Archive for June, 2002

Play: Placebo Sunrise (& The Tipping Point – take III)

Saturday, June 22nd, 2002

I saw an off-off-Broadway show yesterday (in reality it was just half a block off Broadway, but this isn’t about geography) called Placebo Sunrise. I can’t fully tell you what it was about, but it was certainly entertaining and different. The stage was not the usual, instead, it extended into the distance in front of the audience as a hotel/resort hallway. There was a lot of great movement with the characters coming in and out of doors and side hallways. The use of the stage was incredible and the actors were great at creating certain ambiance without too many props. I also appreciated the use of dance in this piece. It seemed more like a parody and was acted out in a non-chalant way, but in fact, there was some serious dancing.

So what about The Tipping Point, you ask. Curiously enough, the second half of the play started with a section that sounded extremely familiar. I have now checked and yes, one of the main characters discusses an idea that is also covered at length in The Tipping Point (pp.177-180.). It’s an argument by anthropologist Robin Dunbar about how the size of humans’ brains is related to the complexity of their social circles. The focus is on the size of the networks and their exponential growth depending on how many people you know. (In fact, this is where the 150 rule comes from that I have already discussed earlier in my comments on the book.) I won’t ge into it in detail, Gladwell recommends the following for a good summary: R.I.M. Dunbar. 1992. “Neocortex Size as a Constraint on Group Size in Primates” Journal of Human Evolution. vol 20 pp.469-493.

The Tipping Point – take II

Thursday, June 20th, 2002

Amazon boxI have a feeling someone at Amazon has also read The Tipping Point or at least one of the studies it talks about. I forget which it was (I’ll try to remember to look it up and come back with an update), but I recall Malcolm Gladwell, the author, discussing the ad campaign of a company that managed to significantly increase its sales by adding a little treasure box to its advertisements. (I think it was a mail-order music sales company.) Amazon now has a little treasure box of its own. If you click on it, you get some sale items that are only on sale for sixty minutes. It’s an interesting idea. Unfortunately, that’s about as clever as they got. The recommendations, although seemingly customized based on your prior purchases and interest, have absolutely nothing to do with me whatsoever. I now check them out more for kicks than anything else. In any case, I thought this was an interesting coinkidinky.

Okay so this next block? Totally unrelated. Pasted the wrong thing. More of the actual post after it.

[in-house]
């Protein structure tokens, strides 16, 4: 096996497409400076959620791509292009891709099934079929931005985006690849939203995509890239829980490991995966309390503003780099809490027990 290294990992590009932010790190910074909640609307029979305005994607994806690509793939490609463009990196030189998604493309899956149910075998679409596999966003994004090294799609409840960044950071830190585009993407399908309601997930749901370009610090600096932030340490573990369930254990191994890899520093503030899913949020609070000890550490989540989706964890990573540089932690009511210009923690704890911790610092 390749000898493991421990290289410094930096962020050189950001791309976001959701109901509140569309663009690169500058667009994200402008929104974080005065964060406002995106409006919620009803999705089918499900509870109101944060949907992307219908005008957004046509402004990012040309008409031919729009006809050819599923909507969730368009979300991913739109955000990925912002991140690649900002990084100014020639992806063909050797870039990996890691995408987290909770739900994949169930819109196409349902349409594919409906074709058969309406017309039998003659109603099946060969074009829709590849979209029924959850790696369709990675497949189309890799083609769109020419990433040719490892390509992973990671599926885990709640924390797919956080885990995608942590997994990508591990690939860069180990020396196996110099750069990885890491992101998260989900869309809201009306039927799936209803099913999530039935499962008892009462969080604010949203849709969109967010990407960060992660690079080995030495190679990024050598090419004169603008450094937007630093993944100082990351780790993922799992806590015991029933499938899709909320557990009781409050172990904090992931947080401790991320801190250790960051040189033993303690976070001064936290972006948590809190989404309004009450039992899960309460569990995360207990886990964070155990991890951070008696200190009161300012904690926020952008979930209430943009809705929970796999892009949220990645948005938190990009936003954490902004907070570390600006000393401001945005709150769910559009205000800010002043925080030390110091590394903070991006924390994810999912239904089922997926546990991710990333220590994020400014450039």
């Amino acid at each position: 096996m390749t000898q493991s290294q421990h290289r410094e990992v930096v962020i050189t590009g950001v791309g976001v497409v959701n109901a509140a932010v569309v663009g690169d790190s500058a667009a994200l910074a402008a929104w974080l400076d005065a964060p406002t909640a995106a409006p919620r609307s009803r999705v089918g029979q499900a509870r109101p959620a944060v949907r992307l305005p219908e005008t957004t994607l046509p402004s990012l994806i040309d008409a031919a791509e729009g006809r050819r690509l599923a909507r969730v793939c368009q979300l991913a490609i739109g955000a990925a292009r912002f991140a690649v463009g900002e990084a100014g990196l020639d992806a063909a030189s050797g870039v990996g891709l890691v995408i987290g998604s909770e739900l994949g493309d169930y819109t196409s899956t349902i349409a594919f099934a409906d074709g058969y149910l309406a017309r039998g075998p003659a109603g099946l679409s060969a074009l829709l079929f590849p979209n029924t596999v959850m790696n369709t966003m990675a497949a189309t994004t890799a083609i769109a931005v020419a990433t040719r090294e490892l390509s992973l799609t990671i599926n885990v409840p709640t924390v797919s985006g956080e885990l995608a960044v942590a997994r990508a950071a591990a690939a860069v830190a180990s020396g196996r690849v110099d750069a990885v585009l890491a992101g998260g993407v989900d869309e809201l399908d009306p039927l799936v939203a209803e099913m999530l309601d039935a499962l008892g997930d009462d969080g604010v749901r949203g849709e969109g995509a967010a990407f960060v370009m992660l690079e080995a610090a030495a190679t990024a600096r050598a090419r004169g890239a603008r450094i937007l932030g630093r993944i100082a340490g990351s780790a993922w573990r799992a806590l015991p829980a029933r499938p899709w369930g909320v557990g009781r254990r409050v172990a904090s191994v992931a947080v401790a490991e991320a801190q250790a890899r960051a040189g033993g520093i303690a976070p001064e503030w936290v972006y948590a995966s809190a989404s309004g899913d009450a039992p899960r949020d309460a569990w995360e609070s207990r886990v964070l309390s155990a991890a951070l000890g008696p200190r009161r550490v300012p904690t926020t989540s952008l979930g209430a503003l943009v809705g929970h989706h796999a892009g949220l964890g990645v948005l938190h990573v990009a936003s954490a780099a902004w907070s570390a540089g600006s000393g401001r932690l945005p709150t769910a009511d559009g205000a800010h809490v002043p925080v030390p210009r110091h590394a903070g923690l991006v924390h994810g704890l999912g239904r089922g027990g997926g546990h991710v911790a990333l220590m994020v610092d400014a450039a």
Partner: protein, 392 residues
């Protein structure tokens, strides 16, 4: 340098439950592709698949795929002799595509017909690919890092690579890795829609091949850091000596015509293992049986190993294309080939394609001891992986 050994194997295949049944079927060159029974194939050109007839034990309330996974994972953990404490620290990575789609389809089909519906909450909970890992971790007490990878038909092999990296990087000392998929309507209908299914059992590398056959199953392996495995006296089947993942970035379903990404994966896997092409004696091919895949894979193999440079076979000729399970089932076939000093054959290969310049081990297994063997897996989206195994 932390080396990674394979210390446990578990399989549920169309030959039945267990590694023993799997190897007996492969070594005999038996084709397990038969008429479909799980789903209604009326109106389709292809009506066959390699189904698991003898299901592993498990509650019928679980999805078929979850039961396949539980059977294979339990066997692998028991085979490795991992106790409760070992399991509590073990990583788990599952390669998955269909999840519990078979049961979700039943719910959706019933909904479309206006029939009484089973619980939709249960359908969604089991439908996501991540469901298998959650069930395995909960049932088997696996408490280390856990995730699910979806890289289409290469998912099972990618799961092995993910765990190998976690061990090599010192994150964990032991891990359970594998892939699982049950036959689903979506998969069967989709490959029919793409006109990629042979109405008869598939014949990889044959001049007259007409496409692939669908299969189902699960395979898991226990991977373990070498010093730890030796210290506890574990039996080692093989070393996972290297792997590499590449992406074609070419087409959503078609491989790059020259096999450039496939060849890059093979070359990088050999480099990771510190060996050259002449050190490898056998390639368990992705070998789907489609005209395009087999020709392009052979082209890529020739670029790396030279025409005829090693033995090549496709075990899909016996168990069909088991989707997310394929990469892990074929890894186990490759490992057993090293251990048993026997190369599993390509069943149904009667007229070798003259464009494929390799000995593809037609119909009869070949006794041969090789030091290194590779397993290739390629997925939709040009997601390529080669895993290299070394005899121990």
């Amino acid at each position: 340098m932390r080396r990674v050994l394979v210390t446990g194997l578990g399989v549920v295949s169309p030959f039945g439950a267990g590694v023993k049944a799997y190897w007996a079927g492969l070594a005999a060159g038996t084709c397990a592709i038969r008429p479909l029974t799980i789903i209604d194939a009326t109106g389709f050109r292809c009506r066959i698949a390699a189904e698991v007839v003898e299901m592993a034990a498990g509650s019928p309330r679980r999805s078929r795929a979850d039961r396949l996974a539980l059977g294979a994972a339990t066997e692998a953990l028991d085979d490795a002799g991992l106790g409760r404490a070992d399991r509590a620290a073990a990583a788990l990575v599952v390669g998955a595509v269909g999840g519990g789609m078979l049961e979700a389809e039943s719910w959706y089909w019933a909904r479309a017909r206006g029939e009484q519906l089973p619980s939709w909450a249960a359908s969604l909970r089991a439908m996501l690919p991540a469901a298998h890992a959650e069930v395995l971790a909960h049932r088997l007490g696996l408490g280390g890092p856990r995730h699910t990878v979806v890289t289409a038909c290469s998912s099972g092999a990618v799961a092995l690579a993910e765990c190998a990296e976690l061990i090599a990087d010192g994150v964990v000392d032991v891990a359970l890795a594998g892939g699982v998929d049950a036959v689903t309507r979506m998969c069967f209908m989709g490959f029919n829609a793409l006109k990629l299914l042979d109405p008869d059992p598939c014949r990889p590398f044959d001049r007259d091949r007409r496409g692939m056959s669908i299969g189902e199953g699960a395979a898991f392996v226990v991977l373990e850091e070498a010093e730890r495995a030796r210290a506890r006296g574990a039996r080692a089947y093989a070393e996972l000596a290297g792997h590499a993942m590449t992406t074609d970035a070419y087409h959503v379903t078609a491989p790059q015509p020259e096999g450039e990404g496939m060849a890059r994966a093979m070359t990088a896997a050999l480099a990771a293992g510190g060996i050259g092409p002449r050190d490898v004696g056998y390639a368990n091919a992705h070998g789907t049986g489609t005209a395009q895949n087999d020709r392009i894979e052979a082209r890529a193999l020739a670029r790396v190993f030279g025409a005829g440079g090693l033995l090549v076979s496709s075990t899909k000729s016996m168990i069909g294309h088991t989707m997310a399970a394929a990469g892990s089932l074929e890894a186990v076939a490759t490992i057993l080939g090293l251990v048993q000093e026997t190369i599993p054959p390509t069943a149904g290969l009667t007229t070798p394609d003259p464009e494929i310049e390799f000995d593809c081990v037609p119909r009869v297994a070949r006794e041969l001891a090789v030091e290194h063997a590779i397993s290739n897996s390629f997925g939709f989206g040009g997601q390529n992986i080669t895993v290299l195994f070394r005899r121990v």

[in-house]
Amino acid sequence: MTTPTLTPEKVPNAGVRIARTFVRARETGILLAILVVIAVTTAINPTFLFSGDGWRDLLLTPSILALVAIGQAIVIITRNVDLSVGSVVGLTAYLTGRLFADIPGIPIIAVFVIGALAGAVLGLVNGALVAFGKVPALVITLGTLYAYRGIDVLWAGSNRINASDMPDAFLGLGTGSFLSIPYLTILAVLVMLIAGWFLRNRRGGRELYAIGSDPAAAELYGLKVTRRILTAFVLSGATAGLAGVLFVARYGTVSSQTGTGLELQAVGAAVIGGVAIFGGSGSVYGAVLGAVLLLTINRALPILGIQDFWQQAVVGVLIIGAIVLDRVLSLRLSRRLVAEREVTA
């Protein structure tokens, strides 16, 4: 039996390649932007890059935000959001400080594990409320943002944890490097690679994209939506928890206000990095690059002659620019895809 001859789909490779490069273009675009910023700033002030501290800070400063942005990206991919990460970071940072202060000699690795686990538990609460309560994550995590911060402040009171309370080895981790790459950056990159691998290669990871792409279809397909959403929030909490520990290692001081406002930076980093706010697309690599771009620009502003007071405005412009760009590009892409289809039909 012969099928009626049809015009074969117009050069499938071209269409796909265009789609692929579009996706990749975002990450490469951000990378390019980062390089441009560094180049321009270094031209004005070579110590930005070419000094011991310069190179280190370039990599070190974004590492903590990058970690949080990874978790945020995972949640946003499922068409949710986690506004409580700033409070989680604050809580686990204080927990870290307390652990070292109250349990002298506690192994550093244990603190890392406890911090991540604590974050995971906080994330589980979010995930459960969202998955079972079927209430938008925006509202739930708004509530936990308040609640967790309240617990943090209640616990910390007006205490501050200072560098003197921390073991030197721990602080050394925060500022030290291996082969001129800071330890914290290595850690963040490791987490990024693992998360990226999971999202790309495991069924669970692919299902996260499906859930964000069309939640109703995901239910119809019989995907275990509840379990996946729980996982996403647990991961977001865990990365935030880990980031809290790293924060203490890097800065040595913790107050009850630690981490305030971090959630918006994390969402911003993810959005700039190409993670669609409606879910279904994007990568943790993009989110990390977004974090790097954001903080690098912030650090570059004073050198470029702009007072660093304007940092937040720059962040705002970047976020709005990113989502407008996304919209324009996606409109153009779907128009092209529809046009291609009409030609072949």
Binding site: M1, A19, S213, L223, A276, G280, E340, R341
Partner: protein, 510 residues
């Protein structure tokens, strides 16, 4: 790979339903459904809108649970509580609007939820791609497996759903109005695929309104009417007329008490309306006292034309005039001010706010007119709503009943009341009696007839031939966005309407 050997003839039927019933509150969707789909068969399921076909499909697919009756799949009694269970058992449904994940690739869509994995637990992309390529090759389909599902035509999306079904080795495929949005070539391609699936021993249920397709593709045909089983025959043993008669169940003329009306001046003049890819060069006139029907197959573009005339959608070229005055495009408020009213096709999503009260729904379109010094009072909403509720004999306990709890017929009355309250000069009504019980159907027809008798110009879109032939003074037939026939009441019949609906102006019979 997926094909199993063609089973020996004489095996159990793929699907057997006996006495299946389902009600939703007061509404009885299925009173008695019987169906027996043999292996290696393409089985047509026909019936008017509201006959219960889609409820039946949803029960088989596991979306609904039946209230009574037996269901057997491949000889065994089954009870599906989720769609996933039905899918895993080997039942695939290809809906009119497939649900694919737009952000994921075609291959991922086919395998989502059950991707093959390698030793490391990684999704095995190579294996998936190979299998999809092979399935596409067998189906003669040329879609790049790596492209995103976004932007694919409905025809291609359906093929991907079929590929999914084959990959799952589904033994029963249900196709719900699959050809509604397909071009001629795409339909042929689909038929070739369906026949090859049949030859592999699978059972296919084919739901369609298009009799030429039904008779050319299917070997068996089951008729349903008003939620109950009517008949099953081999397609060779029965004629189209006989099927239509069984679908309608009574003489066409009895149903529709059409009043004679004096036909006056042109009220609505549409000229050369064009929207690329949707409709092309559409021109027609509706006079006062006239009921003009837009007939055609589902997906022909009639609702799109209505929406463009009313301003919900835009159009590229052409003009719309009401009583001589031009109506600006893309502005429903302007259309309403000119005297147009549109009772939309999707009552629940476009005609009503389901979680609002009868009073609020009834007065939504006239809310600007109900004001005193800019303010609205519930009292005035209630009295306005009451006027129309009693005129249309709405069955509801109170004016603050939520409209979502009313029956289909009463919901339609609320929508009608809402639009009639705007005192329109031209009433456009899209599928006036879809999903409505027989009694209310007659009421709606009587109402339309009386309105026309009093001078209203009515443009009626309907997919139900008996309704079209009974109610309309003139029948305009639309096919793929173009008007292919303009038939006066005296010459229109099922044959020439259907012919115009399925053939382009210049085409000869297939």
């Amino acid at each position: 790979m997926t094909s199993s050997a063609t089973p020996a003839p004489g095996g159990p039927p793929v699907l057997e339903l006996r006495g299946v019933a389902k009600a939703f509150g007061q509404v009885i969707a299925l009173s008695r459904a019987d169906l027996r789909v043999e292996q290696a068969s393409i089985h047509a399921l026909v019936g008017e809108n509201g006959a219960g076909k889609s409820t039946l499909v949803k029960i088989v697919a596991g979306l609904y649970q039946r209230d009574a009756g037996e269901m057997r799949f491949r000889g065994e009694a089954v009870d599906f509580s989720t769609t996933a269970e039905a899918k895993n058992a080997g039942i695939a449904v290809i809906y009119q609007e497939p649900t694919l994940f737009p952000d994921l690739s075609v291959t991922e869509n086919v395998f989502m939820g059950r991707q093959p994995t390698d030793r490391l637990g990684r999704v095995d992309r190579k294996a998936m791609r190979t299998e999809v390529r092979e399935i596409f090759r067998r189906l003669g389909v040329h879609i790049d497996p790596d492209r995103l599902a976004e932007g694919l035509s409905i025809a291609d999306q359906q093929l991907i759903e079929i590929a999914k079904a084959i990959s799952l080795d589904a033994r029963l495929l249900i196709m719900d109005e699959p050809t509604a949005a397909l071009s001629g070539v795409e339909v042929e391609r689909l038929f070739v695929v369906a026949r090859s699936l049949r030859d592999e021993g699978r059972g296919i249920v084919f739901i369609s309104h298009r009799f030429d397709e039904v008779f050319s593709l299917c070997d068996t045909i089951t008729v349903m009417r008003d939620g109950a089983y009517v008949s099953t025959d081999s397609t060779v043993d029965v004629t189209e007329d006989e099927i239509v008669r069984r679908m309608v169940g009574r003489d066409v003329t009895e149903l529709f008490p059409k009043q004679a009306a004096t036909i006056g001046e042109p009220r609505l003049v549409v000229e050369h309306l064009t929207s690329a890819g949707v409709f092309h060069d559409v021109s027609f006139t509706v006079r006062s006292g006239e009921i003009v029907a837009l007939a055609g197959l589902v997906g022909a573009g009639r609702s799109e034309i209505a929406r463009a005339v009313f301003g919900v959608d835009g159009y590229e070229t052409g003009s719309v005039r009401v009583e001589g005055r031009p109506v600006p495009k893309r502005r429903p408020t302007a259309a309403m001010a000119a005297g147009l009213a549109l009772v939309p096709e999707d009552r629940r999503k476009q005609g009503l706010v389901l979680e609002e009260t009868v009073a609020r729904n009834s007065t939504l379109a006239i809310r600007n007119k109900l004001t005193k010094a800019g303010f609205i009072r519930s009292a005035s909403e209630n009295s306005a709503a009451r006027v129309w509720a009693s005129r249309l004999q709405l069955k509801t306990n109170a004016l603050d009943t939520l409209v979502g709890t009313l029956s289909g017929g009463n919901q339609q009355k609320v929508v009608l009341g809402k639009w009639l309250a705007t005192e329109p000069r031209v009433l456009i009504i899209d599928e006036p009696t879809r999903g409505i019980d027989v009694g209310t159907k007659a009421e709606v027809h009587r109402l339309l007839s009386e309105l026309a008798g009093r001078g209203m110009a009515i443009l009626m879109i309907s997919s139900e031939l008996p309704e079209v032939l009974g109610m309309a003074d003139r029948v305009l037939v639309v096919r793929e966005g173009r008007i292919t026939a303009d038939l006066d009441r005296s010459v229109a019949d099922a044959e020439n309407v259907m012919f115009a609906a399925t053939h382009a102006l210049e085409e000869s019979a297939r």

Book: The Tipping Point

Friday, June 14th, 2002

Thanks to my commute, I finally have some time to catch up on reading. I just finished reading Malcolm Gladwell‘s The Tipping Point. The book is about how social phenomena – from diseases to crime, from popular shoes to popular books – spread across the population.

Gladwell is a great writer. He does a great job of explaining sociological concepts in an interesting and engaging manner. If sociologists could write like this, I think we’d have a better reputation. To be fair, he isn’t writing an academic piece here, on the other hand, he is conveying all sorts of interesting sociological concepts to a very wide audience through his writings. In this book, he covers in some detail all sorts of interesting sociological and psychological studies ranging from why Sesame Street and Blue’s Clues are such hits with children to the effects of little changes in how we visualize things on our opinion formation.

Overall, I don’t know if he really offers a clear argument for the spread of social phenomena as there seem to be so many things that may matter. But the book is nonetheless worth reading just to think about the various factors that may influence why the spread of some phenomena tips at a certain point while other phenomena never diffuse widely.

Read the rest of this entry »

In New York this summer

Tuesday, June 11th, 2002

I’m back.. I didn’t think I’d be blogless for a whole week, but that’s what conferences, meetings and lots of train rides will do to you.

Starting from today, for the next two months, I will be reporting from New York City, more specifically, Columbia University. I have a summer fellowship with the Social Science Research Council‘s program on Information Technology, International Cooperation and Global Security which is based this year at Columbia.

Last week was the program’s summer institute which brought dozens of interesting people to the program to share their work on IT. It was a very rich meeting with people from all sorts of disciplines, which I think is necessary for making progress in our understanding of IT, its diffusion, its use, its potential consequences and social implications, etc.

There are fourteen fellows who will be here for two months, each of us working on a particular project. I will be spending my time on extending my current methodology for studying people’s online skills to an instrument that allows measuring information technology skills cross-nationally. Stay tuned for updates.